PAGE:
I don’t know you, but I’m going to go out on a limb and say that the rage you’re feeling doesn’t come something about you that’s bad.  To the contrary, it comes from a part of you that is VERY GOOD.  You’ve noticed something that has created serious dissonance for you, something that doesn’t seem right, something that’s inconsistent with how things should be.  Many people either ignore them or hope they’ll go away, but that’s no way to live.

      Eventually, you’ll make sense of it in some way or another.  Right now though, I hope you can take some comfort in knowing that you’re not alone.

  24. Amber Price Reply

    As I listened I kept saying ‘YES!’  The ‘fairness’ stuff resonated with me deeply.  My mom still likes to poke fun about how I think everything needs to be fair- I love the explanation of the difference between fairness and justice.  Describes how I feel.  I felt a kindred spirit in you while listening to this.  I also have a husband who will probably always be Mormon. Although I’ve got four daughters and navigating this is a difficult road.  I hope we can meet sometime.  🙂 

  25. alancrist Reply

    Stephanie, I’m listening to you talk about your daughter, and I’m really feeling for your situation.  We had 4 girls, and had we had 4 boys, it might have been harder for us to get out.  Seeing the 2nd class status given the girls compared to their boy counterparts, where the only real recognition they get is for looking pretty and being submissive, is a real trip once you wake up and start noticing how prevalent it is.  As aware as you are of feminist issues, I think it’s going to be very tough for you to have your daughter attend, especially when she comes focused on going to the temple and having babies.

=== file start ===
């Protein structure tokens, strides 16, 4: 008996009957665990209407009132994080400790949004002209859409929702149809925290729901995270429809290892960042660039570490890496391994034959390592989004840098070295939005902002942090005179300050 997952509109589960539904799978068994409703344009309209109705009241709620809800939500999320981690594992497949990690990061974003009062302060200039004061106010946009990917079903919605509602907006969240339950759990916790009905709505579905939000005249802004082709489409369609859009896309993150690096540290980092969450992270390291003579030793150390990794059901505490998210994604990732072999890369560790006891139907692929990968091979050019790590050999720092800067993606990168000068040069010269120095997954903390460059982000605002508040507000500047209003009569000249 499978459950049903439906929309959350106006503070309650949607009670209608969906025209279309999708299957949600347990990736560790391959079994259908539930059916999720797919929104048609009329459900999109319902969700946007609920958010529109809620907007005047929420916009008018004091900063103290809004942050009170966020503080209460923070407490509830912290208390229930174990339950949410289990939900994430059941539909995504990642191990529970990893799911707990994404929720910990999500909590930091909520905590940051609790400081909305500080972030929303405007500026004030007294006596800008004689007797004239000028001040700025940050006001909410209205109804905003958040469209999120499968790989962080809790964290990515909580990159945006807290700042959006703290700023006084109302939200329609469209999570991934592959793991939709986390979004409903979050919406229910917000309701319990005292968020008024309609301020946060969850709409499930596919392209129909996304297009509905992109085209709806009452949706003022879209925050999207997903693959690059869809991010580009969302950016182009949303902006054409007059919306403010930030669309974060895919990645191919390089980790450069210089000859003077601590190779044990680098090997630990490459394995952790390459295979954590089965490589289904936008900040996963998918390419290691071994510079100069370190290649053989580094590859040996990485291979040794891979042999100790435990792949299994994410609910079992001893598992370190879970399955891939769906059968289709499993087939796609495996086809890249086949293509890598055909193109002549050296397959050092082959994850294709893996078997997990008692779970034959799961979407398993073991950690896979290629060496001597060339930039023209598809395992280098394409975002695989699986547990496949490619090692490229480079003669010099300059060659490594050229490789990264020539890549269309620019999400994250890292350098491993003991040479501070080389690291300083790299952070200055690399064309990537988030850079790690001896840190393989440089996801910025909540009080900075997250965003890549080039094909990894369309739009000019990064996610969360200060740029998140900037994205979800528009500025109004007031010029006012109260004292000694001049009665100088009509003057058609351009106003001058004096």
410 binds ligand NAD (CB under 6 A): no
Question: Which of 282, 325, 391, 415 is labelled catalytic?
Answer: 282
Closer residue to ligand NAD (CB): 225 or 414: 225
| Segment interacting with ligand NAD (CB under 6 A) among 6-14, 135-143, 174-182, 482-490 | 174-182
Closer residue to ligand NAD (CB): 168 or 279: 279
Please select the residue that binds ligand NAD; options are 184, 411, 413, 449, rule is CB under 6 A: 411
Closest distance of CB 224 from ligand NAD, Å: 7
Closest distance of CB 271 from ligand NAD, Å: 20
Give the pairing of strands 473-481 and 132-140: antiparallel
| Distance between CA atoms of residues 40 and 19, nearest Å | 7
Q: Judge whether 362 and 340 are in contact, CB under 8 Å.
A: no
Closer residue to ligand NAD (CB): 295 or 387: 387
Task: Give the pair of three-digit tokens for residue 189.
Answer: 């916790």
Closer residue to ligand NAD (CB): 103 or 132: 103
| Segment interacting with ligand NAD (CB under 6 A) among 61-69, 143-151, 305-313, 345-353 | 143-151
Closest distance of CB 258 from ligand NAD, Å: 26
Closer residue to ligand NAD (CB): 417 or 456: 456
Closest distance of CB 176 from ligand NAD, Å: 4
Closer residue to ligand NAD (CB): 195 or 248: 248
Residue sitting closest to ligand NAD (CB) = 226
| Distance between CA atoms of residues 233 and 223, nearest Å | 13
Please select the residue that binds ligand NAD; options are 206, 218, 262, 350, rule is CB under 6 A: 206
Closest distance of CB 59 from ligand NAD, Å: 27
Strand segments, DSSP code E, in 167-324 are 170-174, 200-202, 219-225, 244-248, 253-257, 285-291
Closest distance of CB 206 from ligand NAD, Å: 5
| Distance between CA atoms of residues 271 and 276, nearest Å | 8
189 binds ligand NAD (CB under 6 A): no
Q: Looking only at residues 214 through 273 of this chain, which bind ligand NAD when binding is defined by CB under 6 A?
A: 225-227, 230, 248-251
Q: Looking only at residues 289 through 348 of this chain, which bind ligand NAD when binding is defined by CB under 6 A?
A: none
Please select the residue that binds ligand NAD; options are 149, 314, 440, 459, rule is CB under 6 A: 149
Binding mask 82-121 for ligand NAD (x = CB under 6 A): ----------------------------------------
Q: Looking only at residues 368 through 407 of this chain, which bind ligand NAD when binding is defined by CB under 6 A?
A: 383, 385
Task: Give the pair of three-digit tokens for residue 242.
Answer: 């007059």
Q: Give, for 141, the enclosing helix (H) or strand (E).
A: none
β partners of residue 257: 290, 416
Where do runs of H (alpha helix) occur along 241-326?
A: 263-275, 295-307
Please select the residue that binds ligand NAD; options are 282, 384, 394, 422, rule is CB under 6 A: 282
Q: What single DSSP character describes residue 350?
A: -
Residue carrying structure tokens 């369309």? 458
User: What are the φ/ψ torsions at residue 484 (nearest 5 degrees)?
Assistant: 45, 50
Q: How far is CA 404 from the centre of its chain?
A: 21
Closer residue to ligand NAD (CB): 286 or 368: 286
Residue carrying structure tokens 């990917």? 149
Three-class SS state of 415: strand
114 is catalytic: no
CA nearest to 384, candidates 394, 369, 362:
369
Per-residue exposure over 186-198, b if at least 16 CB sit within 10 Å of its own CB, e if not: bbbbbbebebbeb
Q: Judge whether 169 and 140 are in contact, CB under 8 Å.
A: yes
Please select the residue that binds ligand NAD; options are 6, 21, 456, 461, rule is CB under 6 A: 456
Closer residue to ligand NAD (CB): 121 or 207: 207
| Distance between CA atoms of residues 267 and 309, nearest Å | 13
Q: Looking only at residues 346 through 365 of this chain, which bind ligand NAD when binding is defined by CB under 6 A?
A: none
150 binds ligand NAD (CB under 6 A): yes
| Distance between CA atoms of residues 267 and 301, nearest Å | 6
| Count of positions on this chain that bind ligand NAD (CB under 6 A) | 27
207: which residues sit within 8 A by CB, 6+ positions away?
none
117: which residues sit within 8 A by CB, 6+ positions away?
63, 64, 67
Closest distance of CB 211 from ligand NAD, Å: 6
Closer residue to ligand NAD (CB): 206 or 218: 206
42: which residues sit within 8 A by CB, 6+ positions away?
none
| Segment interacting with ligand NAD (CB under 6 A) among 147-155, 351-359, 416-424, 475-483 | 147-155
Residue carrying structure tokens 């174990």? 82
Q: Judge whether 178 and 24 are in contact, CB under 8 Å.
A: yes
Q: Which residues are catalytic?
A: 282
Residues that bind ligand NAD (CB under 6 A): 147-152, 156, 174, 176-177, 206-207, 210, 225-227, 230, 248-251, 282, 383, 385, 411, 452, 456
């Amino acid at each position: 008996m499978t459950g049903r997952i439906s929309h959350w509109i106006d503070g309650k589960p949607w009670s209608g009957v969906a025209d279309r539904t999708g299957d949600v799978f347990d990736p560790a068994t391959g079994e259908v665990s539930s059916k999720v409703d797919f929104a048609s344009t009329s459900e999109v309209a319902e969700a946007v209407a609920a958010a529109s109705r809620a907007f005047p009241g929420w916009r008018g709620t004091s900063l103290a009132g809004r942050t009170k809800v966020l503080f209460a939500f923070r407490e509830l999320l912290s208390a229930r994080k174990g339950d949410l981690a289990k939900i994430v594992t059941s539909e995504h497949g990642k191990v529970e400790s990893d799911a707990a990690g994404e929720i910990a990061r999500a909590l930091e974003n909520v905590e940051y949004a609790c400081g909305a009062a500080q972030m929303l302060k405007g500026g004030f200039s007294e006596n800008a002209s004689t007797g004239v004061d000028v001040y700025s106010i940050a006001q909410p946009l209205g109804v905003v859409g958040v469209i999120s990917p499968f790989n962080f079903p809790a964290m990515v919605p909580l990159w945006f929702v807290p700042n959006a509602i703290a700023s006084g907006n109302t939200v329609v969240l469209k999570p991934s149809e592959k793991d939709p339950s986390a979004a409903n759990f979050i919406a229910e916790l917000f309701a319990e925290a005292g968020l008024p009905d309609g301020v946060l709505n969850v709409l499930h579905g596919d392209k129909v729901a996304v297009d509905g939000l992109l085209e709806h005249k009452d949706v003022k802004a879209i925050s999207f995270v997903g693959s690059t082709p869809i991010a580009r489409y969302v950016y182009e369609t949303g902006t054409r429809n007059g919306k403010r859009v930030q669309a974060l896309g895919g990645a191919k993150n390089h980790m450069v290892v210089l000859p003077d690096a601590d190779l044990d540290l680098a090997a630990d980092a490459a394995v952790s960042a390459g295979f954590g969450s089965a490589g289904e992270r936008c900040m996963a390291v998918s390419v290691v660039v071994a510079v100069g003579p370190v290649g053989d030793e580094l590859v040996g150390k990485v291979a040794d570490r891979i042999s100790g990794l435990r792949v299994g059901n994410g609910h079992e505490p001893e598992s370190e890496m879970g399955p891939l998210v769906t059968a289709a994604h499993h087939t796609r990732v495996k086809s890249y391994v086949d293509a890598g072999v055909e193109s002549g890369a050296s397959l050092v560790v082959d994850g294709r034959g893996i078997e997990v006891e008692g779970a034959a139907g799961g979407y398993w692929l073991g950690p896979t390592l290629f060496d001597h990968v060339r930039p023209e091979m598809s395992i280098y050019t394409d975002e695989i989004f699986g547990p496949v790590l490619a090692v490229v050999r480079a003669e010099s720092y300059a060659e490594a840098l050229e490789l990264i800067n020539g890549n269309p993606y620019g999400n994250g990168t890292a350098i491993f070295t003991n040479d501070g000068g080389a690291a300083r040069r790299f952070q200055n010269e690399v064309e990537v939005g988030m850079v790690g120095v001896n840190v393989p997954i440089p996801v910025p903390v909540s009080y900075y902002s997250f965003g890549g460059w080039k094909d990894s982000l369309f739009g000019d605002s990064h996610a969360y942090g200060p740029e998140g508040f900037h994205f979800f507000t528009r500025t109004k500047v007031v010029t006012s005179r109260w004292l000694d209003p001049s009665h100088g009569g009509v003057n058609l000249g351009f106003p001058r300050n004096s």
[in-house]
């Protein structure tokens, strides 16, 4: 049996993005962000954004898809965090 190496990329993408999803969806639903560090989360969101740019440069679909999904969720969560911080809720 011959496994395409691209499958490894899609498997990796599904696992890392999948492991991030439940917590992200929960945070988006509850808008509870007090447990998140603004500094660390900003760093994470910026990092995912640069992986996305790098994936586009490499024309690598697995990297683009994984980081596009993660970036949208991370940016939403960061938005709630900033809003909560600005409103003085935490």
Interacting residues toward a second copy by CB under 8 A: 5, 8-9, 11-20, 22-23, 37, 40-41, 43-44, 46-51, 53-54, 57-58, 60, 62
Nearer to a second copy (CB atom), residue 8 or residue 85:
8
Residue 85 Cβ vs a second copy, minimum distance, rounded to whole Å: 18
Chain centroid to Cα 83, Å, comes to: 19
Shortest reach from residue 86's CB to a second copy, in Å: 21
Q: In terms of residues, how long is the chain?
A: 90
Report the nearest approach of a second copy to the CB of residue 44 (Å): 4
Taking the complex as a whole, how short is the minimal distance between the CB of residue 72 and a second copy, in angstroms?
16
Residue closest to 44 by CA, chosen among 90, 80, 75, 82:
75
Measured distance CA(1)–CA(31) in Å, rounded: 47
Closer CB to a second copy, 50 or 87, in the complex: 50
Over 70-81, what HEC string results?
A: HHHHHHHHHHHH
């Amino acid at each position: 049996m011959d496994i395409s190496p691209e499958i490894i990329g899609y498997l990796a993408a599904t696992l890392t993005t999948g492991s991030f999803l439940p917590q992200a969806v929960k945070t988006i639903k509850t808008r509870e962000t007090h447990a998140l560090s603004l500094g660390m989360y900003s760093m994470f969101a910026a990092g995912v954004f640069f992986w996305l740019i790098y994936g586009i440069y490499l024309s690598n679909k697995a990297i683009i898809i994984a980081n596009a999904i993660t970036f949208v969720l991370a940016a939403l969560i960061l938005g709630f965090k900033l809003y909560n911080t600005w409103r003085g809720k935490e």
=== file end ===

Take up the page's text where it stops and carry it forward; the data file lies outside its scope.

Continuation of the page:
26. Furtwangler Reply

    This was very fascinating. I was a teenager (in the O’Bryant family) in the Payson ward where Charles attended. I remember hanging out with his son (Ryan?). I heard about Charles’ departure from the church, but never really got the whole story until now.
    Glad to hear you are doing well.

Leave A Reply

Your email address will not be published. Required fields are marked *